02/02/2012 Hasselblad is set to launch Hasselblad tv – an exclusive new multi-language online video platform that will ‘target and engage’ the company’s global audience of professional and aspirational photographers.
After two years of planning HTV will launch on February 2 offering viewers a range of channel options, including education and training videos, product information, global news and events plus peer videos submitted by Hasselblad photographers worldwide.
Chris Russell-Fish, Hasselblad’s Global Sales and Marketing Director said: “This is a very exciting project for us, our customers and trade partners like broncolor, Epson and SanDisk”.
“We are working with award-winning digital specialists Skylab to produce a comprehensive standalone platform - primarily an education and research tool of ‘all things Hasselblad’. It will be easy to use but with all the appropriate functionality, including options to download PDF information photographers may find useful after browsing a particular video.”
He added: “We all know there are countless thousands of videos available on YouTube but we wanted to create one single place where Hasselblad enthusiasts can go to access fundamental training on our camera systems; how to attach a back, for example, or tips and tricks on software techniques. We have emulated the excellent BBC iPlayer model but we also wanted to provide our service across a number of languages, including French, German, Italian, Spanish and Chinese. So an Italian architectural photographer will be able to simply access our Italian channel and watch a playlist of videos in that genre, in his or her native language.”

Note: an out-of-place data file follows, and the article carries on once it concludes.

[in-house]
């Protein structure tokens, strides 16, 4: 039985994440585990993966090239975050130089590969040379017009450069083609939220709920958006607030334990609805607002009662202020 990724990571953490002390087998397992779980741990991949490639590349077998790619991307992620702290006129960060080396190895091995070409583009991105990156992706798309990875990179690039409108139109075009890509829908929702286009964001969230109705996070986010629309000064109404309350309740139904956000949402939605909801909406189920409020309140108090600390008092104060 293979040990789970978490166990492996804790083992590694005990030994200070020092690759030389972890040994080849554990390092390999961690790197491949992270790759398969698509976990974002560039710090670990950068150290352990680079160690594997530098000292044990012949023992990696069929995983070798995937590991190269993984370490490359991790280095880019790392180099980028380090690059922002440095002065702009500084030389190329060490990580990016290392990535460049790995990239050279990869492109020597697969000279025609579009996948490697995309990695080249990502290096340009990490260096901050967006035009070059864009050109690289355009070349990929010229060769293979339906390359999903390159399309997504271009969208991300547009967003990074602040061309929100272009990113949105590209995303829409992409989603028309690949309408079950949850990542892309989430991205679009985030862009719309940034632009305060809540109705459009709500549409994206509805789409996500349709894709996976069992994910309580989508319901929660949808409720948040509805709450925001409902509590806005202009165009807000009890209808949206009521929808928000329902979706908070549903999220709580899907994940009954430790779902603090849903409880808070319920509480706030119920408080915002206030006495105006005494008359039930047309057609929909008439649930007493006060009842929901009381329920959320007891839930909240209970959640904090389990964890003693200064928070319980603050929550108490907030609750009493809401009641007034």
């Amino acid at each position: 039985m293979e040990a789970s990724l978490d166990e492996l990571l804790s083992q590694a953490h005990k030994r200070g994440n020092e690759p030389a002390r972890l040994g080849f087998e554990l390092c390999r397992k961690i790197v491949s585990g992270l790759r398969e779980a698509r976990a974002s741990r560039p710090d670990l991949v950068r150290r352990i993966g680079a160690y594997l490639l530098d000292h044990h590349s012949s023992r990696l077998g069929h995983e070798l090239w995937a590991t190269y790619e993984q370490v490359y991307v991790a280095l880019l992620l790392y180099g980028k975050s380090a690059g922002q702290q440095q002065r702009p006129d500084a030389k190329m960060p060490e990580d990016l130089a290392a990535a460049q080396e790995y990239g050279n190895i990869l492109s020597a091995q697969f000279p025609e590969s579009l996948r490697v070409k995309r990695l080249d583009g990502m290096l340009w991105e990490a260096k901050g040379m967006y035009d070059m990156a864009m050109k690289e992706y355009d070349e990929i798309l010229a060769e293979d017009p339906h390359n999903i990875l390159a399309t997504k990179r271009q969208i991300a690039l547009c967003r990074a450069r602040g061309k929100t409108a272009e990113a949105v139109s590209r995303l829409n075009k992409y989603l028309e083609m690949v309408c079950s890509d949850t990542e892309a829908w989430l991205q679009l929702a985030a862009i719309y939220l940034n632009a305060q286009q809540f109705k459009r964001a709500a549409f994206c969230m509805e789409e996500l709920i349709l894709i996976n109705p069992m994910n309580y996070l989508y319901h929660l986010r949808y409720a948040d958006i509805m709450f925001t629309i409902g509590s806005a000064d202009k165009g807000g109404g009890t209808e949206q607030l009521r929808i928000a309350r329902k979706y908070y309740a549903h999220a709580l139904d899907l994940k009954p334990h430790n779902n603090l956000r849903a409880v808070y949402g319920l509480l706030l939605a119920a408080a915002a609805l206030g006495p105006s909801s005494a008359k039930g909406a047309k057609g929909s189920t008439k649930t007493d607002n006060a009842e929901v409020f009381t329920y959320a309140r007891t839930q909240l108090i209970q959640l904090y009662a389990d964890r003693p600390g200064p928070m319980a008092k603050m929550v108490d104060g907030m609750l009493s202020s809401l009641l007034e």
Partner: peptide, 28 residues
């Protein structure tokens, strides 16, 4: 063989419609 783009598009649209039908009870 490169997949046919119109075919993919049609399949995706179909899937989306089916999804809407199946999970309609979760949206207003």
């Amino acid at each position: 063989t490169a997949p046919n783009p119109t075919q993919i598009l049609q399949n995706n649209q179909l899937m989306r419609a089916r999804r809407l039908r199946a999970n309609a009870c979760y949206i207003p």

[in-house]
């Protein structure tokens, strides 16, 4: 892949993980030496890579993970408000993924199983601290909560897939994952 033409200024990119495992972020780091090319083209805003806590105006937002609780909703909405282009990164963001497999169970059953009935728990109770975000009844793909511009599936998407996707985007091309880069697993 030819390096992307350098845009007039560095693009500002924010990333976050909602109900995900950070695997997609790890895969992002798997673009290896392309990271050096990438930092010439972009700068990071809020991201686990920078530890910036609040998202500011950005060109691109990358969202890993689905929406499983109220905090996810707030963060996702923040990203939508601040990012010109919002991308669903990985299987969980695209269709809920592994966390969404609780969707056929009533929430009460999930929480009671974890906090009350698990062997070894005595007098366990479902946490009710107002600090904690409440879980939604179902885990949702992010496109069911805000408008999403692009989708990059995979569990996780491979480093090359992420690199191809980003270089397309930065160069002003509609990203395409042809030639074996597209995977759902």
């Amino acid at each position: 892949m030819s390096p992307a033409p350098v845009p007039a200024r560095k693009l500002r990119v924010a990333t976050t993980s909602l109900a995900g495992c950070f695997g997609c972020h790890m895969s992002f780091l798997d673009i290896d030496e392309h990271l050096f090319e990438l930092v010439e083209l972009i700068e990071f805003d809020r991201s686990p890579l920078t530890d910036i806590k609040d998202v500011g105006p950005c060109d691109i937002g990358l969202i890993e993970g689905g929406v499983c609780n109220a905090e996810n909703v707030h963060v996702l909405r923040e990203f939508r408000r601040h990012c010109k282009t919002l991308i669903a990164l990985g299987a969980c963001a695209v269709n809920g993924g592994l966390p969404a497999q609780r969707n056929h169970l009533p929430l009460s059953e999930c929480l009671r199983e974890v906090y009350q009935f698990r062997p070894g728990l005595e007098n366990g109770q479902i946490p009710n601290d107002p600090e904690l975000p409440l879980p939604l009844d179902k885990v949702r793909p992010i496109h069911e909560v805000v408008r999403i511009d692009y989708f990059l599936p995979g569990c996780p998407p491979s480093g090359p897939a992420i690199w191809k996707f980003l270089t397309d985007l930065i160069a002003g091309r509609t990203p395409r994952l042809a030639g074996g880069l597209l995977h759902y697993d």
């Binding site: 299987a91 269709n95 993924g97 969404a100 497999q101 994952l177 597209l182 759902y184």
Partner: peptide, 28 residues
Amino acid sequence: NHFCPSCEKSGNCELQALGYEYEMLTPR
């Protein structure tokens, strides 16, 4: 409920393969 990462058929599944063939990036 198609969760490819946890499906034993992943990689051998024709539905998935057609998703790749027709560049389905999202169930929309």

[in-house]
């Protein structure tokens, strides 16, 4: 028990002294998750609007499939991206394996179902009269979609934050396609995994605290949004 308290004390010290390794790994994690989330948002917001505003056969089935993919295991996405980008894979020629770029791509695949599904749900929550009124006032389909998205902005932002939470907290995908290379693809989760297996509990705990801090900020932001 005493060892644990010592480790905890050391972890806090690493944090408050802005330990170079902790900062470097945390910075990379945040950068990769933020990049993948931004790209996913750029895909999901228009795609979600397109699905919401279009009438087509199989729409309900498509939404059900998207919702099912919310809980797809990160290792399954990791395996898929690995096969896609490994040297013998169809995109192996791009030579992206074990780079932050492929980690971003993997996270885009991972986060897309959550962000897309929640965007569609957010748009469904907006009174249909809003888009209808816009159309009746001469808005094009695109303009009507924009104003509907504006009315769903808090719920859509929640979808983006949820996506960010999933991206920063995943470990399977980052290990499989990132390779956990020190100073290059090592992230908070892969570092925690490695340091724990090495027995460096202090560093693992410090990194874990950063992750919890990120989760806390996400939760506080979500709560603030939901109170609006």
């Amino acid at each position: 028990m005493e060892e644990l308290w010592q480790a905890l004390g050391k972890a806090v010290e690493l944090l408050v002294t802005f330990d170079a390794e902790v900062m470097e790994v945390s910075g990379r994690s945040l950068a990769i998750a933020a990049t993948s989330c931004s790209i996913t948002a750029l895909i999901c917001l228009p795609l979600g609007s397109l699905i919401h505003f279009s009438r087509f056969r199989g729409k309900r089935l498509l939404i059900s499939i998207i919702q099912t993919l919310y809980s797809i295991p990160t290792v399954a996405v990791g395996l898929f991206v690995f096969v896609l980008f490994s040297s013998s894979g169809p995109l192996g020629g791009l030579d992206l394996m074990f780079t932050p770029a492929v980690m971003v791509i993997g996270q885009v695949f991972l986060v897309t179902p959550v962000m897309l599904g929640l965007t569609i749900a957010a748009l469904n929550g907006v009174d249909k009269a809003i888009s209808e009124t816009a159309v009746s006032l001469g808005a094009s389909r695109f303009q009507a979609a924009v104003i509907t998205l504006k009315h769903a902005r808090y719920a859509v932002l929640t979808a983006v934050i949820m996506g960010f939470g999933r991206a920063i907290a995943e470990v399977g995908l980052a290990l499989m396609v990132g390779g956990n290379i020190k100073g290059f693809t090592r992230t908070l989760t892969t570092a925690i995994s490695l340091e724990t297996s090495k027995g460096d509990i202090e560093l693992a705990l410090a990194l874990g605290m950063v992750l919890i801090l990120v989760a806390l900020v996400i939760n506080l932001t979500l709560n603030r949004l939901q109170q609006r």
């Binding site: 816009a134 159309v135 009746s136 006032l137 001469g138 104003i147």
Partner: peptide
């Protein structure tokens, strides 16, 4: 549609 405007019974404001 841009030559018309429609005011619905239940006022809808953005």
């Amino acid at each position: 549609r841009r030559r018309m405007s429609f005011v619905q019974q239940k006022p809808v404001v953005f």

Hasselblad is now looking for photographers to submit videos of interesting shoots, stories and events. Of course Hasselblad will retain the right to edit material but there will be no overarching censorship criteria - other than the obvious and universal constraints of common decency. These videos are frequently between three and seven minutes long but if photographers submit material that is of particular interest but longer, then Hasselblad would still provide the space.
Added Russell-Fish: “This initiative is very much a work in progress and it’s a ‘call to action’ to photographers worldwide. We want everyone, from students to leading professionals - from those who rent Hasselblad cameras and those who own them - to submit their videos.”
Launch channels will include Hasselblad: products, company history, news and events; education and training - cameras, software, and innovation. Hasselblad Masters’ videos encompassing various photo-genres including architectural, editorial, fashion/beauty; fine art, landscape/nature; portrait/social and wildlife. Hasselblad is setting up initial bespoke channels for France, Germany, Italy, Spain, UK, USA & Canada, Asia Pacific and Europe - with more global channels to follow.
There will also be a Hasselblad Studio and a VICTOR Magazine/Bulletin channel.
Hasselblad tv is easily accessible on PC or Mac computers and on iPhones and iPads. Please check out htv.hasselblad.com
a lower carbon forecast .. lots of information to wait for, but potenially good news. moving in the right direction for once! (via Dan Lashof at the NRDC)
How about a little good news for a change?
Something strange happened after the failure of comprehensive climate and energy legislation in 2010. Projections of future carbon emissions went down.
Part of that is due to the Great Recession of course, but that is far from the whole story. In fact, a number of market, technology, and policy factors have combined to fundamentally change the official forecast of what will happen to carbon pollution rates in the absence of new policies.